Paleodynamics in thaw lakes: Accumulation of aquatic vs permafrost carbon

Josefine.Lenz [ at ]


Permafrost deposits preserve organic matter which is decomposed and potentially released as greenhouse gases (CO2 and CH4) during thermokarst processes and in particular thaw lake development. Younger near-surface and older organic matter from slumping and expanding lake shores are deposited in the lake basin and contribute to the lacustrine carbon cycle. Bioproductivity within the lakes complements carbon accumulation in lacustrine deposits and provides an additional source of young carbon and greenhouse gases. A set of lake sediment cores from Goldstream Valley in the discontinuous permafrost zone of Interior Alaska was studied for their origin of organic matter during the Holocene. With the aim to distinguish the provenance (terrestrial or aquatic) of carbon contributions to sediments over time, core samples were analyzed for their total organic carbon/total nitrogen ratio (C/N) as well as stable carbon isotopes. The case study of Goldstream Valley Lake, located in yedoma permafrost, indicates a dominance of aquatic plant material in the littoral zone with a mean C/N ratio as low as 8.7. Although a similar signal is found for sediments in the lake’s central basin, a clear shift to a terrestrial carbon signal (C/N of 22) is presumably indicating the trash layer of the initial lake phase. Further, ongoing organic matter decomposition in talik sediments proves to be crucial to assess the contribution of thaw lakes to future climate change by mobilizing Pleistocene soil carbon.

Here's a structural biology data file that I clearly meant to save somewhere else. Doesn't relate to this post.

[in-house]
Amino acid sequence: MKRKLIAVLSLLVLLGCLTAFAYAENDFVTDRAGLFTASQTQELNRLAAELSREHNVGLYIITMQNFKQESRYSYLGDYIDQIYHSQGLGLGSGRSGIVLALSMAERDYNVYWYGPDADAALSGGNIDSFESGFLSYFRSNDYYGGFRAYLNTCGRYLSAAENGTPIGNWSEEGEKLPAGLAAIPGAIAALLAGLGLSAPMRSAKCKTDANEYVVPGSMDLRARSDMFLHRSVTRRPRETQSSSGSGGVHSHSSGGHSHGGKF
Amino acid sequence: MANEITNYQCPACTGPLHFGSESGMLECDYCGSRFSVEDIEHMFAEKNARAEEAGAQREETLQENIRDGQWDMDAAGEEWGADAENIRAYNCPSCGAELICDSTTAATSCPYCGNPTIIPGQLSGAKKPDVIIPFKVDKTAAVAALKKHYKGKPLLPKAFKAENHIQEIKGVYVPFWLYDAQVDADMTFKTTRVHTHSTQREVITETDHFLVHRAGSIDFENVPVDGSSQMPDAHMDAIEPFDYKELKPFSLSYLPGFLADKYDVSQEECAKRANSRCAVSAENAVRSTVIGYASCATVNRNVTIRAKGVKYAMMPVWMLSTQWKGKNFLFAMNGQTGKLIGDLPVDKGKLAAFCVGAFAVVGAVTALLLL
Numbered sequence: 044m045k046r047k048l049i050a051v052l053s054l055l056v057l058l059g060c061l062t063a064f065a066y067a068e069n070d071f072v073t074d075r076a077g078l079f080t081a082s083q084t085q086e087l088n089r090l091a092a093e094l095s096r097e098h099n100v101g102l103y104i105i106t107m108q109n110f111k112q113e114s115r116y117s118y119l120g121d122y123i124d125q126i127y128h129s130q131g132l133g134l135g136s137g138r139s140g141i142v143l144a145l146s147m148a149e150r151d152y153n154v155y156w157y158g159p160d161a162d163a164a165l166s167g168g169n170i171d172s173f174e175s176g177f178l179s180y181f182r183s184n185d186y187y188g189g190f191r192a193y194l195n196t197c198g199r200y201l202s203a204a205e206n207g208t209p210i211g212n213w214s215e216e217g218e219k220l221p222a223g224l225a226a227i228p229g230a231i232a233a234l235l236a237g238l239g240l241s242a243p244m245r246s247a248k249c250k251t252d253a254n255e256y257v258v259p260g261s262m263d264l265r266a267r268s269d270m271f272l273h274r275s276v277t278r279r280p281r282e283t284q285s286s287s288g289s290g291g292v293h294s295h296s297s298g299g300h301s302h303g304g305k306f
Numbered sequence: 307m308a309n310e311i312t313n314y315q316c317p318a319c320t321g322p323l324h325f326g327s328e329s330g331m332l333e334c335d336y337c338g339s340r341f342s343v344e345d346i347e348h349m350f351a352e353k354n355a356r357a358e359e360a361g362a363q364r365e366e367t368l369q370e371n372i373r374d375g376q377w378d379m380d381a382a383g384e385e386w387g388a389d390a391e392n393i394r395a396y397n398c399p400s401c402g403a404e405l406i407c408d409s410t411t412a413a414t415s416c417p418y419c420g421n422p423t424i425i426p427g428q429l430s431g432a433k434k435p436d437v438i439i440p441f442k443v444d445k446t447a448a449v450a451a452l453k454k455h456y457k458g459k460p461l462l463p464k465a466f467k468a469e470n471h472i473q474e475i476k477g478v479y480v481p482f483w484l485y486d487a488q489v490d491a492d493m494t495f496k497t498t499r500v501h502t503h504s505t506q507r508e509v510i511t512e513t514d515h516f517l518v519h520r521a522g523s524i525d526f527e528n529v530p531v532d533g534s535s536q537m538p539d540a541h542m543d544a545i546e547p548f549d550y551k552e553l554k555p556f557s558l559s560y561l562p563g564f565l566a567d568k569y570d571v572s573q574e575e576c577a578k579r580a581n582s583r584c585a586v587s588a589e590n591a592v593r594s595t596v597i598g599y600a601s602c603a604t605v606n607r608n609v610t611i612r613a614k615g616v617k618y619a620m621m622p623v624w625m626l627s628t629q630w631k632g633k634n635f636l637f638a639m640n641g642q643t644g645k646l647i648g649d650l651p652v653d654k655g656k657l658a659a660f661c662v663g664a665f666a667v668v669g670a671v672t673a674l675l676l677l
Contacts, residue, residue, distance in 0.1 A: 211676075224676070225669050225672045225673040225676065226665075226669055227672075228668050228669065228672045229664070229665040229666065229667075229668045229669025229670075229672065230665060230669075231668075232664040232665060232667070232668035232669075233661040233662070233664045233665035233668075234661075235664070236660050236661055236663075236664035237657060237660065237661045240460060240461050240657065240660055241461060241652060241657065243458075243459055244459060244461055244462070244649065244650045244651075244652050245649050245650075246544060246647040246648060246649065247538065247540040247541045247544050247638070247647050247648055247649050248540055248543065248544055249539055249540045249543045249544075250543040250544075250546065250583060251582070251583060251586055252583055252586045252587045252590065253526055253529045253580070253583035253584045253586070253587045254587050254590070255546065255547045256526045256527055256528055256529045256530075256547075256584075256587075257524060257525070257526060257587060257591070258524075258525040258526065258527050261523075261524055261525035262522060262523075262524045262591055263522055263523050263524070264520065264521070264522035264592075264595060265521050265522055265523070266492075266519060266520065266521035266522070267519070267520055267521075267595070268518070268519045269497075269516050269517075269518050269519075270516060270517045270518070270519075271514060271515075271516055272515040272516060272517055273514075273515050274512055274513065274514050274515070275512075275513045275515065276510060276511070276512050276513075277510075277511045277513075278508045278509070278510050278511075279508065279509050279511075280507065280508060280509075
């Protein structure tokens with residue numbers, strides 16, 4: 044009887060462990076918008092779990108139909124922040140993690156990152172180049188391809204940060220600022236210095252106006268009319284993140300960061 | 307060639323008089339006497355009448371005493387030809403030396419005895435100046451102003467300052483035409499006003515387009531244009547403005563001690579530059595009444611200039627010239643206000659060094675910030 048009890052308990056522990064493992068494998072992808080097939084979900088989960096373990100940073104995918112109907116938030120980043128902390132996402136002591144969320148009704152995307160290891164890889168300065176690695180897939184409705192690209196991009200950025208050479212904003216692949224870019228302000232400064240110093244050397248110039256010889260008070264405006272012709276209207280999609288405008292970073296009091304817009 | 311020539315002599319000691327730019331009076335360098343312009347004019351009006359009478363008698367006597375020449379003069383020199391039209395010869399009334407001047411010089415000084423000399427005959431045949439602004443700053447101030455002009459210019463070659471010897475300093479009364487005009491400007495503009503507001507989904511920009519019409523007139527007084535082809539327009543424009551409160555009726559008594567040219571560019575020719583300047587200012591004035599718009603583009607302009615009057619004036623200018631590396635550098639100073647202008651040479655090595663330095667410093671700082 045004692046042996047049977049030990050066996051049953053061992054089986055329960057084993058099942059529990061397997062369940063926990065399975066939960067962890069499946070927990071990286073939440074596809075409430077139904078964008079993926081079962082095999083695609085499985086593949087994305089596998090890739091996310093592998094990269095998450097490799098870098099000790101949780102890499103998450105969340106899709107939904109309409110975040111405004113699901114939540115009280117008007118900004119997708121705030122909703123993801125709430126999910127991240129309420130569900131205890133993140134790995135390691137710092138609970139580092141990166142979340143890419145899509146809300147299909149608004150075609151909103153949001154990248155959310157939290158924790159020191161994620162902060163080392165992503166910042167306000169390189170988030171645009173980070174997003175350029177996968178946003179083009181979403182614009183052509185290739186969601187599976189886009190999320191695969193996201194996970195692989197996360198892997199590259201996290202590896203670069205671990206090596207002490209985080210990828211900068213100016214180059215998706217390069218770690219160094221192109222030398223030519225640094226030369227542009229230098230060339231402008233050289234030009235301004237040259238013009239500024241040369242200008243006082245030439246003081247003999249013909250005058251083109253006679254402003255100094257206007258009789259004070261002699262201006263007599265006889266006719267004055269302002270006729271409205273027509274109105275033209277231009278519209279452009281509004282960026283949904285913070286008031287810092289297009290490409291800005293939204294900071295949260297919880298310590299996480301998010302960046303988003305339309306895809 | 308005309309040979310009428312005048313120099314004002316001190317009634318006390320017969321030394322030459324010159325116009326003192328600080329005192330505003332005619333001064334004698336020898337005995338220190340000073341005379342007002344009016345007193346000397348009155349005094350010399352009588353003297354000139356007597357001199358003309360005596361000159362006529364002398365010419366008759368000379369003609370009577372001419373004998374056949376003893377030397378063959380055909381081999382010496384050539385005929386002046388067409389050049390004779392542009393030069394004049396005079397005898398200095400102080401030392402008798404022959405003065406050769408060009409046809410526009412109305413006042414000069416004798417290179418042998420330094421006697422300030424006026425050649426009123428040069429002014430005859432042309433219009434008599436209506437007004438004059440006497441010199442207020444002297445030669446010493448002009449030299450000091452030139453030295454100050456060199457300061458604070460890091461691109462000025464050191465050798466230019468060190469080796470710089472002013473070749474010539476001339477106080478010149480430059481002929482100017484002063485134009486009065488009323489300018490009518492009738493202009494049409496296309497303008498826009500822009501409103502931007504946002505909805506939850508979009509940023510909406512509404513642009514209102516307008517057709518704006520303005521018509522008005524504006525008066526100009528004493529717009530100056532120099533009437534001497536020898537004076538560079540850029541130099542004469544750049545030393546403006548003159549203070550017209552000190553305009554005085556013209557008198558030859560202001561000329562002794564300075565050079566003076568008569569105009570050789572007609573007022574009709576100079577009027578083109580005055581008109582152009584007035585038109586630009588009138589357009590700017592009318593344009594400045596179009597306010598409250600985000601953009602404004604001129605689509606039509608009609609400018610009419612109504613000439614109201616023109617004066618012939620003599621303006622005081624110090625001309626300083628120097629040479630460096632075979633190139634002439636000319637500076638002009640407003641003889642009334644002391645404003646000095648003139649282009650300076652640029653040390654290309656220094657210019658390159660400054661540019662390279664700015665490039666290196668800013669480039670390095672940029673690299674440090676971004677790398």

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POLAR2018 - A SCAR and IASC Conference, 15 Jun 2018 - 26 Jun 2018, Davos, Switzerland.
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Lenz, J. , Walter Anthony, K. M. , Maio, C. V. and Grosse, G. (2018): Paleodynamics in thaw lakes: Accumulation of aquatic vs permafrost carbon , POLAR2018 - A SCAR and IASC Conference, Davos, Switzerland, 15 June 2018 - 26 June 2018 .

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